Trouble in Colorado is tying up Union troops needed back east during the Civil War and Lieut. Burke is sent to investigate. Macklin and his gang are causing the problems and Capt. Mason ... See full summary »
George 'Gabby' Hayes,
In Texas after the Civil War, Ballard has declared martial law intending to drive the ranchers out of the county. When Col. Davis ousts Ballard and Roy is elected Sheriff, his man Stacy ... See full summary »
George 'Gabby' Hayes,
Bad guy Craig Allen, gambler and town boss, tries to take a gold mine inherited by innocent Chip Williams on her seventeenth birthday. Roy and his pal 'Teddy' Bear ride to help the girl and her cousin.
After Pat Garrett kills Billy the Kid, Billy's look-alike Roy Rogers arrives and is mistaken for him. Although a murderer, Billy was on the side of the homesteaders against the large ... See full summary »
Roy's boss has inherited a very large ranch but the will keeps him from selling it although his widow could. Lucky Miller is out to get control of the ranch so he has a girl come west to ... See full summary »
Lambert owns the trucking line that ships cattle to market. When he raises his rates Roy decides to ship the cattle on the River Boat. When Lambert and his men are unable to stop the boat, they rustle the cattle.
George 'Gabby' Hayes
When Roy, Rusty, and Tommy join the Border Patrol, Tommy gets killed in a saloon fight by Arizona Jack. Suspended from duty, Roy and Rusty cross the border looking for the killer. Arizona Jack and mining engineer Lanning are running a gold smuggling racket and when Roy and Rusty find Arizona's hideout, his gang captures them and they are slated to be killed. Written by
Maurice VanAuken <email@example.com>
Very Little From The Western Genre Larder Is Left Out Of This Lively Work.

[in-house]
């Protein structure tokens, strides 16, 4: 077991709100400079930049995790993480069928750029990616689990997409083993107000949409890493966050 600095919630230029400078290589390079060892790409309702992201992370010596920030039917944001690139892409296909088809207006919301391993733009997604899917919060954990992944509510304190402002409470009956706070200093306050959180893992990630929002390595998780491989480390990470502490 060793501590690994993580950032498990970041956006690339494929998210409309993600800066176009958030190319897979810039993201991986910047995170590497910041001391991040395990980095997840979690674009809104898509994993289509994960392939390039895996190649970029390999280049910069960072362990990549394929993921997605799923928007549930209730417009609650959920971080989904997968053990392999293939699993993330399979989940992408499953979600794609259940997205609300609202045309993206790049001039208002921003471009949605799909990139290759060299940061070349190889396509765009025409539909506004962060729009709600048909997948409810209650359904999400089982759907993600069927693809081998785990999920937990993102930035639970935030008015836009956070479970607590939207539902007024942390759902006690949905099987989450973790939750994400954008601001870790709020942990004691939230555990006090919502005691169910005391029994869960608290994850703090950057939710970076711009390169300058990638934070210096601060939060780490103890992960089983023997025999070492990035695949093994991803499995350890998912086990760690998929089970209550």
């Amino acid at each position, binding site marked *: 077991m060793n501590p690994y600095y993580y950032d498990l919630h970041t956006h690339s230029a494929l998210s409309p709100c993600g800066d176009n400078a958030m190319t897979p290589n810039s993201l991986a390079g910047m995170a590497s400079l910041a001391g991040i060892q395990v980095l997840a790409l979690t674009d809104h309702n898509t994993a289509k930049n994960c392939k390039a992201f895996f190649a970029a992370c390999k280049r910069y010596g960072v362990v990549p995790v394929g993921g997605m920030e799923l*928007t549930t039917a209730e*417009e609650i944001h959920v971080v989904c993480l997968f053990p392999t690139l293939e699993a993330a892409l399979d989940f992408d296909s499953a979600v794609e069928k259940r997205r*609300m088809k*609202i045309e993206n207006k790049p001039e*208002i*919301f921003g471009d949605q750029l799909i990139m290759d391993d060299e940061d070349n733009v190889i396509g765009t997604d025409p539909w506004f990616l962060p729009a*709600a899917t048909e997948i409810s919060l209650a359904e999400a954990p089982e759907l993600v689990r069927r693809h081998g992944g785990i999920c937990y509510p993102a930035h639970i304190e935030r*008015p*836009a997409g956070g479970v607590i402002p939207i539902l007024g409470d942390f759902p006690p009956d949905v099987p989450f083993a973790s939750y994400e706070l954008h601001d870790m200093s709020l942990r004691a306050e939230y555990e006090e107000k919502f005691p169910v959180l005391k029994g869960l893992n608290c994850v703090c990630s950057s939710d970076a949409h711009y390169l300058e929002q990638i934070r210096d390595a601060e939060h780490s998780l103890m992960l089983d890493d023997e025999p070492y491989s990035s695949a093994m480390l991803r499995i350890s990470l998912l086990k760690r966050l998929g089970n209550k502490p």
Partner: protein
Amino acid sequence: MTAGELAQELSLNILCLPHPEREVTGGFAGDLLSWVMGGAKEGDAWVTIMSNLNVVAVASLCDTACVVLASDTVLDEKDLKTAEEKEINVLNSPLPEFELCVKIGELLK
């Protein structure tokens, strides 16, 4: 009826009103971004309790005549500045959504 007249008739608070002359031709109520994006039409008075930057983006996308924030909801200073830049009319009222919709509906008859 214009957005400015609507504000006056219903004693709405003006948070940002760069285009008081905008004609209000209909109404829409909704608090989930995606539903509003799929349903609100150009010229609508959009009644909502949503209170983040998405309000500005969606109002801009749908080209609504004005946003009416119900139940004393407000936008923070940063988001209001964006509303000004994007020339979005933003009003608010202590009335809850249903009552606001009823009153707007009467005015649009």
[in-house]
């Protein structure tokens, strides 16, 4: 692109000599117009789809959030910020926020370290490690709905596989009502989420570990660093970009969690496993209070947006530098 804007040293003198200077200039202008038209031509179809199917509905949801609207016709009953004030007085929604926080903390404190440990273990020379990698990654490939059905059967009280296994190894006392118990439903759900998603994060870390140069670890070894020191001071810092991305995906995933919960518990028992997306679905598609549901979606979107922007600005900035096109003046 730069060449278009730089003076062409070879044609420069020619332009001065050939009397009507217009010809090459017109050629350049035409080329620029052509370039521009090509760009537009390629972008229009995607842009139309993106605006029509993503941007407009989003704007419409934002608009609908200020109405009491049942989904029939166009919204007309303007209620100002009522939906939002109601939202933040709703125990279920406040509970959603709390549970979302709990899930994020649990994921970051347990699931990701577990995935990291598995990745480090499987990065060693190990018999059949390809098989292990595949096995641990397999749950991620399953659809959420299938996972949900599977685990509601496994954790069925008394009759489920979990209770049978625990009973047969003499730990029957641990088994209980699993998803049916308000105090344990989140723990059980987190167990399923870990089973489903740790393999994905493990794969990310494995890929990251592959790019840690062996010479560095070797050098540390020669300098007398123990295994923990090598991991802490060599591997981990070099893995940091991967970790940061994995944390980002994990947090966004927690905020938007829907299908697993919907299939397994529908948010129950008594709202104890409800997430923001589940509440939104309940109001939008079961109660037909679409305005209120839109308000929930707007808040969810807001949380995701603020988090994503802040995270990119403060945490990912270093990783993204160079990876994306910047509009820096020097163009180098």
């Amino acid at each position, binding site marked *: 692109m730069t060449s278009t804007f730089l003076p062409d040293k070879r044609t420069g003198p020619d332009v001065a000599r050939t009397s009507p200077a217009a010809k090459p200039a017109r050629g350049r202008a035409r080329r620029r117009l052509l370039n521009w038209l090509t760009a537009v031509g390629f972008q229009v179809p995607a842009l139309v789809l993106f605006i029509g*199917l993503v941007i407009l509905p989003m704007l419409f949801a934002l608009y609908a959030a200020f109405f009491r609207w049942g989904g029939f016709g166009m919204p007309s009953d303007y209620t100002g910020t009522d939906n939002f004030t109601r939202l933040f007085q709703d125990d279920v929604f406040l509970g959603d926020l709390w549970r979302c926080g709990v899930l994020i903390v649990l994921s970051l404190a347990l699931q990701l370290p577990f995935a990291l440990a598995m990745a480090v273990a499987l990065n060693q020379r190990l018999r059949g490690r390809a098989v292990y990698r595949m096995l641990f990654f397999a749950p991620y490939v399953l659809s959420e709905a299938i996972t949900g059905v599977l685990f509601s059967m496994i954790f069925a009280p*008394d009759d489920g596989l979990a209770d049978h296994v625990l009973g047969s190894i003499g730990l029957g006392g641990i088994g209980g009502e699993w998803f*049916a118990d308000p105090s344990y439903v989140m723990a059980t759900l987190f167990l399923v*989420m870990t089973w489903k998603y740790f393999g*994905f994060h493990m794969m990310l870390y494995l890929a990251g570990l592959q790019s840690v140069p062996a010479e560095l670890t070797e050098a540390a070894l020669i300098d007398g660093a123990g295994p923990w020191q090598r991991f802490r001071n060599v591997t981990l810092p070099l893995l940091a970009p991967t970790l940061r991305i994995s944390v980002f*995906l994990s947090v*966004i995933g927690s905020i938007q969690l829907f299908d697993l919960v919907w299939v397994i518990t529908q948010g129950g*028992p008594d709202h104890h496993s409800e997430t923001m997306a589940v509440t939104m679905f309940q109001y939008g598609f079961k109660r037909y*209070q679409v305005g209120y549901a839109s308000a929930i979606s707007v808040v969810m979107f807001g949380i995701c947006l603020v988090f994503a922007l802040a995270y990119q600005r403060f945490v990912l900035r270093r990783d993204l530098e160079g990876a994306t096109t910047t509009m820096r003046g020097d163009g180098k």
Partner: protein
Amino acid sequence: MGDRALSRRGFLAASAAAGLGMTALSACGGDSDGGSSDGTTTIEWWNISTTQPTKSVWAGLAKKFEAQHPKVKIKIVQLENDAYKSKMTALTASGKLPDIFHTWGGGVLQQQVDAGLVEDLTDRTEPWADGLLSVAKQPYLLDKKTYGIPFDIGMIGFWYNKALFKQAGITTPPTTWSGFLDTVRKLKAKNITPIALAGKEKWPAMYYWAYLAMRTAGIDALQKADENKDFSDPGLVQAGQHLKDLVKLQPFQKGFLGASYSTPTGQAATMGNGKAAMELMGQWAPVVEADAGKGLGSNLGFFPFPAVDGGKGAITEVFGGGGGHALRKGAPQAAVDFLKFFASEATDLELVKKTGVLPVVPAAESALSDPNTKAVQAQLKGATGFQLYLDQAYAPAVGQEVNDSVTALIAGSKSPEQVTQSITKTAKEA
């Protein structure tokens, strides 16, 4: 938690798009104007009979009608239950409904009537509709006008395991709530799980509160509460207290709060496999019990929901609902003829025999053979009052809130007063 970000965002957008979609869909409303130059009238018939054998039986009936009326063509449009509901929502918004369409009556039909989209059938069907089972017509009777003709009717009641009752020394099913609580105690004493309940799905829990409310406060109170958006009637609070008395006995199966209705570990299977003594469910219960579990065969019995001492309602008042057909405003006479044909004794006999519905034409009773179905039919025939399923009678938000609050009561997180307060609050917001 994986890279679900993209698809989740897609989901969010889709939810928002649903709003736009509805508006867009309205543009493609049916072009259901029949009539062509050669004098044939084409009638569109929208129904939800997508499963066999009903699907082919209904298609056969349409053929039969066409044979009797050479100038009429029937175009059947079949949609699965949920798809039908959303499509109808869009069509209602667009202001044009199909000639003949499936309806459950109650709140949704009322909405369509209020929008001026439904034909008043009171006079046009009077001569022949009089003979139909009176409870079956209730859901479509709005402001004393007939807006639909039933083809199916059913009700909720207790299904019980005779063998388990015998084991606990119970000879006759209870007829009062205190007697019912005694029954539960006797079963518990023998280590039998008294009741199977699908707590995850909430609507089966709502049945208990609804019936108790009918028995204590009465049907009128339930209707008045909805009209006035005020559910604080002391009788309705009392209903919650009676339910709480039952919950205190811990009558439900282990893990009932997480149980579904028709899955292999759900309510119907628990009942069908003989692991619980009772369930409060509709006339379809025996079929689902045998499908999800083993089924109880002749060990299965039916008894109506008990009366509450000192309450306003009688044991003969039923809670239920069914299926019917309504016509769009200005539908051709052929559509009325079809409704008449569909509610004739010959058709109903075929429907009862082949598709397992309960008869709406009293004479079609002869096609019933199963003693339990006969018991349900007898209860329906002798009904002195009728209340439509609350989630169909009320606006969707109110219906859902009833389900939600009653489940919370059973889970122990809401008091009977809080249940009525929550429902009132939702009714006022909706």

The fifth film in which Roy Rogers is given the leading role, this low-budget Republic Pictures production places Roy and a group of comrades, all freshly mustered from the United States Army in 1899, following service in Cuba with Theodore Roosevelt's Rough Riders during the Spanish-American War, and still bulging with aggressive energy, as they join en masse the (not yet in existence) United States Border Patrol, assigned to the wild and woolly Arizona territory. Since this is, after all, a Roy Rogers picture, i.e., one that includes musical interludes, the entire contingent of stalwarts breaks into an a cappella rendition of "When Johnny Comes Marching Home" as they first appear at a Border Patrol outpost where their station commanding officer assigns his new charges with effecting the apprehension of a mysterious "Arizona Jack" and his gang who are preying upon Territorial businesses and then fleeing across the international border into Mexico. The plot is pleasingly intricate and director/producer Joseph Kane, at the helm for his initial Rogers movie, includes as much as he can of Jack Natteford's screenplay before the dollars run out, with a viewer being treated to a well edited, crisply-paced affair, loaded with gunplay, fisticuffs, skillful horsemanship and stuntwork; there is even an abducted heroine. Scenes of dramatic action are halted twice to allow for musical interludes, first as Roy sings "Ridin' Down the Trail" and, later while behind bars, he serenades the lady he loves (Lynne Roberts playing as Mary Hart) who is confined to an adjacent cell, warbling "Here on the Range With You", accompanying himself by strumming upon a guitar. Raymond Hatton is Rusty Coburn, playing as Roy's sidekick, having succeeded Smiley Burnette for that honour, he himself soon supplanted by Gabby Hayes. There are numerous familiar Western genre players to be seen here, with George Chesebro being a particular standout as Arizona Jack's primary henchman. Kane's able direction provides for effective and vivid narrative pacing. Originally 58 minutes long, the film was competently edited down to 54 minutes for its television showings and video releases.
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